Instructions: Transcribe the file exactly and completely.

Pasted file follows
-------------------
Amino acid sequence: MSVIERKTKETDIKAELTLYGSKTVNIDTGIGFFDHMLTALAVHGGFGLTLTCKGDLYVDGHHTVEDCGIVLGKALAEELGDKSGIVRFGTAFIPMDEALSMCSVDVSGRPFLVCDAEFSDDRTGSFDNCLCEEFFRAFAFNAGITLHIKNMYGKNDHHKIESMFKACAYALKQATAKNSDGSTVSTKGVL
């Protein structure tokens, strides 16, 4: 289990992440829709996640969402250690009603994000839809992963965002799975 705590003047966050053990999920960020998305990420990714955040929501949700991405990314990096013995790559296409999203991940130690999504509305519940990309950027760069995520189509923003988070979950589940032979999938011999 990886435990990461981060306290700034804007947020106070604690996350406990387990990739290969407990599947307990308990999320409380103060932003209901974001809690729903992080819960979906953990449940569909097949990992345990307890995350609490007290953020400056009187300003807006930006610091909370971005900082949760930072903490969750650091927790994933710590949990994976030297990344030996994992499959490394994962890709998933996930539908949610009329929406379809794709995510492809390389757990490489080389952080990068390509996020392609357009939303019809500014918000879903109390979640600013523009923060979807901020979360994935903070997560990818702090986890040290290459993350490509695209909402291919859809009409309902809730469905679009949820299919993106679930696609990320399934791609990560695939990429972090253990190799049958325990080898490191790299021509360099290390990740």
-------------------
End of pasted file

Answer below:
Amino acid sequence: MSVIERKTKETDIKAELTLYGSKTVNIDTGIGFFDHMLTALAVHGGFGLTLTCKGDLYVDGHHTVEDCGIVLGKALAEELGDKSGIVRFGTAFIPMDEALSMCSVDVSGRPFLVCDAEFSDDRTGSFDNCLCEEFFRAFAFNAGITLHIKNMYGKNDHHKIESMFKACAYALKQATAKNSDGSTVSTKGVL
């Protein structure tokens, strides 16, 4: 289990992440829709996640969402250690009603994000839809992963965002799975 705590003047966050053990999920960020998305990420990714955040929501949700991405990314990096013995790559296409999203991940130690999504509305519940990309950027760069995520189509923003988070979950589940032979999938011999 990886435990990461981060306290700034804007947020106070604690996350406990387990990739290969407990599947307990308990999320409380103060932003209901974001809690729903992080819960979906953990449940569909097949990992345990307890995350609490007290953020400056009187300003807006930006610091909370971005900082949760930072903490969750650091927790994933710590949990994976030297990344030996994992499959490394994962890709998933996930539908949610009329929406379809794709995510492809390389757990490489080389952080990068390509996020392609357009939303019809500014918000879903109390979640600013523009923060979807901020979360994935903070997560990818702090986890040290290459993350490509695209909402291919859809009409309902809730469905679009949820299919993106679930696609990320399934791609990560695939990429972090253990190799049958325990080898490191790299021509360099290390990740």